What was my biggest obstacle?
Financial. I have worked my way through my undergraduate, graduate, and medical school years. I had to work in a lab throughout most of my medical school years to make ends meet. Fortunately I received several scholarships, which helped immensely. It's funny; I was coming through medical school at a time when some would think a significant challenge would be to navigate through a system dominated by men. I made it work. In my life, I was quietly assertive. With wit and humor, I got over those speed bumps during my training. For instance, women medical students were asked to wear those ridiculous (and freezing cold!) dresses in the operating room while the men got to don comfortable scrubs. Not a problem. I would continuouslyand courageously!walk into the men's ("doctor's") lounge and grab the scrubs I needed. After multiple passes, they got the point. Soon, the scrubs were placed in the women's ("nurse's") lounge. Soon after, the signs were changed to "Men's" and "Women's" locker rooms.
How do I make a difference?
I feel I make a difference as a communicator and an educator. My work in television and the media allows me to touch many lives. I like to give people hope that, with courage, tenacity, and a good sense of humor, along with the best of what science has to offer, it is possible to weather life's tough storms. Nothing makes me happier than when someone, a patient or an individual who has listened to me or read my work, tells me that they have changed for the better. That's such a gift. I also love to teach my medical students, as they are so eager to have the chance to put it all together. The mental, nutritional, and physical components come to life in an integrative and holistic way. I make a difference in shaping the mental attitudes and knowledge base of those future practitioners.
Who was my mentor?
My personal mentor was my mother, to whom I'm grateful for her staunch attitude that "you can do anything you want to in life regardless of your gender." I would try anything and everything and never felt limited. She lived a life in which she became a lawyer while mothering five children and then went on to build a corporate empire with my father.
My professional mentors were all men. I went to graduate school and received a master's degree in public health and public policy from the University of California, Berkeley. Drs. Henrik Blum and Aaron Wildavsky were my mentors from there on out. Henrik was like a father to me. Drs. Arthur Korhman, Bill Weil, and Andy Hunt were pivotal during the years I trained in Michigan. Dr. Alan Stone was a valuable mentor and friend throughout my internship and residency training. Finally, while at the National Institutes of Health as a senior fellow, I was blessed to meet and have as my continuing mentor, Dr. George Chrousos, a handsome and brilliant Greek scientist, who taught me what "ella!" meant when our lab phone rang. He also taught me priceless lessons in what the pursuit of excellence in science and research was all about.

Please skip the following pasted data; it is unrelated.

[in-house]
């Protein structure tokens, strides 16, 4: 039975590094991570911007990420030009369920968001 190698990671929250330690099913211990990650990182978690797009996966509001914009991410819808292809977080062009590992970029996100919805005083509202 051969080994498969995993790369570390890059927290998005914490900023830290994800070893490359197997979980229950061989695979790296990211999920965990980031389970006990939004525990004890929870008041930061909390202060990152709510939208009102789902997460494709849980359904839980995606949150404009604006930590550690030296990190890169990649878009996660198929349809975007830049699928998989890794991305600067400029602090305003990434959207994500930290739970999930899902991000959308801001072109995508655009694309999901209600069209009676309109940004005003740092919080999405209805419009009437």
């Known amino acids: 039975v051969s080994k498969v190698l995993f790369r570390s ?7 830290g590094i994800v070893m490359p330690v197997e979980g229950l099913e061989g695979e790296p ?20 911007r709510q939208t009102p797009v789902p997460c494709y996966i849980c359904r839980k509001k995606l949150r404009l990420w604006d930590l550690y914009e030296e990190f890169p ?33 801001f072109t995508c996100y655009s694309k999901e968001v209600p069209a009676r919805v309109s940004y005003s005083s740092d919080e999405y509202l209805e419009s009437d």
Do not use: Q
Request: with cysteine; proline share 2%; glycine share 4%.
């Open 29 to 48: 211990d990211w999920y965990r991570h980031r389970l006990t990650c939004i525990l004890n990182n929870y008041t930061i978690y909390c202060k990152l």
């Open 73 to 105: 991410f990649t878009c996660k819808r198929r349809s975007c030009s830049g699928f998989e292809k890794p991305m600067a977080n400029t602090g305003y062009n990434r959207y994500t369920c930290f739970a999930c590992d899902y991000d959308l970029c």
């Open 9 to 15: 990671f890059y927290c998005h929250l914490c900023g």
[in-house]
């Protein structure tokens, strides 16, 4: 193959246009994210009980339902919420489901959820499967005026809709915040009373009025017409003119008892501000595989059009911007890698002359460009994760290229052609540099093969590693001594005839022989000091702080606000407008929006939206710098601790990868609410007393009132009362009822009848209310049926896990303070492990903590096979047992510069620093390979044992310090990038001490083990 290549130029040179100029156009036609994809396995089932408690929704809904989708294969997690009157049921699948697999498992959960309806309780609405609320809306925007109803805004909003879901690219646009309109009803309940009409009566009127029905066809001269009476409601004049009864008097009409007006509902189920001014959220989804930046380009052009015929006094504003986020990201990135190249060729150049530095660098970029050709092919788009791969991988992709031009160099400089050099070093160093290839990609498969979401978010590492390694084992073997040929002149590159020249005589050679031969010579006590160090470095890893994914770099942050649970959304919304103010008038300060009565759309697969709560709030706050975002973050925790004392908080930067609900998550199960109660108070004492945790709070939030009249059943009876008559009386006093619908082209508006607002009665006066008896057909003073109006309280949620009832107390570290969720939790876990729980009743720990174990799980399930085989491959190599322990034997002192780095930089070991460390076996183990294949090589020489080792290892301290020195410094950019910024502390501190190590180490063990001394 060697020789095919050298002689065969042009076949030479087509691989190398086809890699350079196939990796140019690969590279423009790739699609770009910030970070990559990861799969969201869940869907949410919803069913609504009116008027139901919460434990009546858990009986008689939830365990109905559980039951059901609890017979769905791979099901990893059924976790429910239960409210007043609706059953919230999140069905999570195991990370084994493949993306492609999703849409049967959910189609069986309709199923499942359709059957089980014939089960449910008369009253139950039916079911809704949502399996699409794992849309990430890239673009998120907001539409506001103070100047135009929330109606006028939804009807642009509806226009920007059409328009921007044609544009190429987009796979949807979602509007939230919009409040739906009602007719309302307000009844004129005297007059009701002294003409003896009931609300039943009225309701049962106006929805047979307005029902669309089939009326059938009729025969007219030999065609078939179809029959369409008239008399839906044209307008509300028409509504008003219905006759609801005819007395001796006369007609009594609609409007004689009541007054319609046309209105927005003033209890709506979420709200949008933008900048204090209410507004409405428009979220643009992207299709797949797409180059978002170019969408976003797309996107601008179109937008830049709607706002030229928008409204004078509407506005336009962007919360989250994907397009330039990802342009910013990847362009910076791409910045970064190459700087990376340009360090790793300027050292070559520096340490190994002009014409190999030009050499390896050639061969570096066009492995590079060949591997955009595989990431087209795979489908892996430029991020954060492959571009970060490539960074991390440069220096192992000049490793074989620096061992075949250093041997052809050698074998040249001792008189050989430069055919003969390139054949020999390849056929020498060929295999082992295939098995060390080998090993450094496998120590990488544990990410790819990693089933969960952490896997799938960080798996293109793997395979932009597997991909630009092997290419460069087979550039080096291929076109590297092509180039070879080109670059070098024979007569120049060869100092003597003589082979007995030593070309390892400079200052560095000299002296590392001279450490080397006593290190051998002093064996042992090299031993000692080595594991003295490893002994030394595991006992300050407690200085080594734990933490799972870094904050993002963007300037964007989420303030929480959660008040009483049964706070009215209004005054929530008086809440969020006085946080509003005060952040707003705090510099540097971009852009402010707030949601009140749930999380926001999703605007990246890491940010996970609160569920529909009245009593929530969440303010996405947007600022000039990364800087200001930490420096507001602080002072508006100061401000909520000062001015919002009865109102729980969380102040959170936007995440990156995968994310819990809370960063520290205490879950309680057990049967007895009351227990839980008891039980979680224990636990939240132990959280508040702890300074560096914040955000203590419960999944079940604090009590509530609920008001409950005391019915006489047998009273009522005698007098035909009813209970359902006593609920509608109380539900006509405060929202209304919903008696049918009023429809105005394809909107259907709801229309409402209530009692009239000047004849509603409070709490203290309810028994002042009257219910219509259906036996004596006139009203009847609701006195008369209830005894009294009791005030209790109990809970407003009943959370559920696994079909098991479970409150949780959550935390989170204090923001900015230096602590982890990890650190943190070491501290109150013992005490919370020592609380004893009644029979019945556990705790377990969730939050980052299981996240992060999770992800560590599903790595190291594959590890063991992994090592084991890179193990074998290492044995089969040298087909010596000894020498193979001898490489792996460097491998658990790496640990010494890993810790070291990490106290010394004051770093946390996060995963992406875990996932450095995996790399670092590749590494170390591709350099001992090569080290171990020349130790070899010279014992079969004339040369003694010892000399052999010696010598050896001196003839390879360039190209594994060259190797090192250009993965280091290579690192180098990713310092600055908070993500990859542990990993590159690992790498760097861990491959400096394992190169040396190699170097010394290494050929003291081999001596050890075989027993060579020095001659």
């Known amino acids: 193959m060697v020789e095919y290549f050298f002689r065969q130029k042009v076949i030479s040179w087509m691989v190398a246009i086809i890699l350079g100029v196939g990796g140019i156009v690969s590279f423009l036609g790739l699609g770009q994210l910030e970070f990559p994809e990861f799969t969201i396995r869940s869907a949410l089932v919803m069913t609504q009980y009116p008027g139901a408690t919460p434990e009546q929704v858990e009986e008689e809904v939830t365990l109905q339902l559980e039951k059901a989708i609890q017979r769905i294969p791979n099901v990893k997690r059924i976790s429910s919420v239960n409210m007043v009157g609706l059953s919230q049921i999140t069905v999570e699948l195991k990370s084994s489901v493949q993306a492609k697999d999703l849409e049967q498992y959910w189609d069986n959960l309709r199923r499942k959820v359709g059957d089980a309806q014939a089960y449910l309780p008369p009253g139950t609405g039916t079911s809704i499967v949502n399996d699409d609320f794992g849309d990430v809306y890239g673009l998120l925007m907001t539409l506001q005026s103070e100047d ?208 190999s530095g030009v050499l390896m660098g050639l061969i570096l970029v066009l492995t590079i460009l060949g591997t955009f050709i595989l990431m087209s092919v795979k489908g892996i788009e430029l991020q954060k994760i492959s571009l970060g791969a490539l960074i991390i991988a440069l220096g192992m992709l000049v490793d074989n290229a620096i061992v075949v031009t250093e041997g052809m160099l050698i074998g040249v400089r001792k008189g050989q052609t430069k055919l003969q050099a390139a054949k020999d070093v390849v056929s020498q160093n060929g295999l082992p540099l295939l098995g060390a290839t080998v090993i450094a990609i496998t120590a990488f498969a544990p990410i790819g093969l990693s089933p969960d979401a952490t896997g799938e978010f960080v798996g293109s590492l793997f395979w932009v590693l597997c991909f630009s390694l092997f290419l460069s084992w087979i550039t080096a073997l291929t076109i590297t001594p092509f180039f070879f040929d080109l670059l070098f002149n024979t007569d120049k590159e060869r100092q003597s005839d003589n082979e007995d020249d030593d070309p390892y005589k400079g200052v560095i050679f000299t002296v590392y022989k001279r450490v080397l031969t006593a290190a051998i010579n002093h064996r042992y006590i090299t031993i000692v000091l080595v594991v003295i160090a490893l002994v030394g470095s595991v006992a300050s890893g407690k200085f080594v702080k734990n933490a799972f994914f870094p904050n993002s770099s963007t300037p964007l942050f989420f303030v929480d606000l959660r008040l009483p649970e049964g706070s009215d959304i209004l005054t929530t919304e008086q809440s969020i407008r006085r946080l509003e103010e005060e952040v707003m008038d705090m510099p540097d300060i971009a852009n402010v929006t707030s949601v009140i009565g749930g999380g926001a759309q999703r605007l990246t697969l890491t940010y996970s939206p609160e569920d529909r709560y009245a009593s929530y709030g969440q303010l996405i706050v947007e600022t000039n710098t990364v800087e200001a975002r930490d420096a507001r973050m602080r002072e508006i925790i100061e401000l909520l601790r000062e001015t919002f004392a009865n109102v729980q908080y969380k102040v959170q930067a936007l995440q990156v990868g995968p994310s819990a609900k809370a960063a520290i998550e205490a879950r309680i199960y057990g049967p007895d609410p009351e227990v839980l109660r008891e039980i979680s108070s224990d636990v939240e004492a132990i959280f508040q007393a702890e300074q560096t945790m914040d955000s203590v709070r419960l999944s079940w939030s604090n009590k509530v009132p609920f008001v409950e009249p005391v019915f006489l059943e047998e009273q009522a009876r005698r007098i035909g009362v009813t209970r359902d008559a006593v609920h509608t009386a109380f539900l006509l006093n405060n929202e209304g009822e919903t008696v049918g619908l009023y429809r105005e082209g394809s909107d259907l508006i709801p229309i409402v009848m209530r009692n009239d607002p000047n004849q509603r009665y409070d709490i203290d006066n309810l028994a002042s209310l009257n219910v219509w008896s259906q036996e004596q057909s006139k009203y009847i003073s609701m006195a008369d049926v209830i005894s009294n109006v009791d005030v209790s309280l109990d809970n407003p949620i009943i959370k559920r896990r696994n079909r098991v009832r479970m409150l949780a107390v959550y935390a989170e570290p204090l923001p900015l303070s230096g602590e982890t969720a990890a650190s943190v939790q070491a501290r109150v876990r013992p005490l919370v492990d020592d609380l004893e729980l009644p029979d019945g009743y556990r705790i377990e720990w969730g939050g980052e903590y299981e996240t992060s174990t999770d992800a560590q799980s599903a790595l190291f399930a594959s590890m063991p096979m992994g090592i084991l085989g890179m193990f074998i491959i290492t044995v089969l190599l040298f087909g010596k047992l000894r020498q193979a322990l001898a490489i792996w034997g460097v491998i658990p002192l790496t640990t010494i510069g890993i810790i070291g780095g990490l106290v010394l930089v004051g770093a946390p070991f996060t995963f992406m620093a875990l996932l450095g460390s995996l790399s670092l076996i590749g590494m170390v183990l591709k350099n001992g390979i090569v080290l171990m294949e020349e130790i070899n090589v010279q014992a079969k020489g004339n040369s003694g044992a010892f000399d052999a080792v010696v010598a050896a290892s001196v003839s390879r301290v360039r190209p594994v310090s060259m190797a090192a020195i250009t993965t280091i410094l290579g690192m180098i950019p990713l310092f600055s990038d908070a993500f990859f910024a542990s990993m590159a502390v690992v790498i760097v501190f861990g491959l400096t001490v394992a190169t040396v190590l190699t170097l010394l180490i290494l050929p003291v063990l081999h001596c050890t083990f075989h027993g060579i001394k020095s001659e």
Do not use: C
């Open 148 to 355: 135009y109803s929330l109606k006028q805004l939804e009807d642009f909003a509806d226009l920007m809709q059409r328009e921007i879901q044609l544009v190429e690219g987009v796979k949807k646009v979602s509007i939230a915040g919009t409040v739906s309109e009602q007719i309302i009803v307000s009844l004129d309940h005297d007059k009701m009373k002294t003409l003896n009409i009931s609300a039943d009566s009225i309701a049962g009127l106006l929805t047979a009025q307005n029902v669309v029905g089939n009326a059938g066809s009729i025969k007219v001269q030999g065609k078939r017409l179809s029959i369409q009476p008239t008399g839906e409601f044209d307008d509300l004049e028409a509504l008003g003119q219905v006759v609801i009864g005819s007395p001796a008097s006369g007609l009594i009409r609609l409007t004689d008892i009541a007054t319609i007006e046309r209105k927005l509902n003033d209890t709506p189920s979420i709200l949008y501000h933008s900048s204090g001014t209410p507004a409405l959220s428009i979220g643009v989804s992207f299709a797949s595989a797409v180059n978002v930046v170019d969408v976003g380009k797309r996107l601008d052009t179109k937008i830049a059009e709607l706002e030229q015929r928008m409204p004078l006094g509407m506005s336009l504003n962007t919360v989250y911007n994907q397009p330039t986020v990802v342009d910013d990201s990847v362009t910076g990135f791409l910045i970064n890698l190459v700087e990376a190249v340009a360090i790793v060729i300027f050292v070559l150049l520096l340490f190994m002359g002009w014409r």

How has my career evolved over time?
I have always followed Helen Keller's motto: "Life is either a daring adventure or nothing at all." Armed with my M.D., I received further training in a field rarely studied by physiciansnutrition and metabolism. With that training and my medical training, I left my original field of practicecritical careand became a scientist. While at the National Institutes of Health (NIH), I was given the opportunity to become the first senior fellow at the Office of Alternative Medicine. What an exciting and challenging time to apply research science to this new field. From there, more surprises. I feel that as life goes on, you learn about special gifts you may have to share with others. Mine turned out to involve the media. One day, while at the NIH, a CNN correspondent interviewed me for a story on nutrition. Lo and behold, I was comfortable in front of the camera and more television work ensued. Next, I wrote a consumer book on nutrition that became a national bestseller. Who knew? Now I am a regular in-studio medical expert for the networks. I write monthly national columns in consumer magazines, work as a member of Oprah's team, and I teach nutrition and metabolism to medical students. I am also continuing to write consumer books and articles hoping to motivate people to learn and change their lives to incorporate healthier lifestyles. I work with the White House as the medical director for the National Race for the Cure for breast cancer and as a consummate athlete, have run the New York City Marathon with my patients, the Peeke Performers. In all, I've found my M.D. to be invaluable in opening doors to allow me to fulfill my passions and discover new passions to explore.